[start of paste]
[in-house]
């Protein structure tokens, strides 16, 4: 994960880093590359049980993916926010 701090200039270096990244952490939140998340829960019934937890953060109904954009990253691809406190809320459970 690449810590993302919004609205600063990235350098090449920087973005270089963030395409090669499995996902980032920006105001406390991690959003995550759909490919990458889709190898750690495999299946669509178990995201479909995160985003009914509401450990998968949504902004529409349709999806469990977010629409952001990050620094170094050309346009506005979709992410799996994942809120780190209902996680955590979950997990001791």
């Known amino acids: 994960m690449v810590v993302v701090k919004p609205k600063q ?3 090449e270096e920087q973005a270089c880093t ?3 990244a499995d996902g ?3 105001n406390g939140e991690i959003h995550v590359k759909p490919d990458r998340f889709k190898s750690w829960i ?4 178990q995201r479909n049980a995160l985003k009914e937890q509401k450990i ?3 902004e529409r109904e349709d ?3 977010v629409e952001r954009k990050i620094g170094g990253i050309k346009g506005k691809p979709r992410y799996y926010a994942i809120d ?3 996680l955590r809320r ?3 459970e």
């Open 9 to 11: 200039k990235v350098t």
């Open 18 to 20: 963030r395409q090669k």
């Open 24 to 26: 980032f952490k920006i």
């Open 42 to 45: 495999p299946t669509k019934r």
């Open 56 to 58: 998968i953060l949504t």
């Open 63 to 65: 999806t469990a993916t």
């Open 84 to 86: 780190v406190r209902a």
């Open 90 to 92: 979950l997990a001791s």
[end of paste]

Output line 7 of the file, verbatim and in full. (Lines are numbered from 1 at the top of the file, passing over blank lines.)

């Open 42 to 45: 495999p299946t669509k019934r």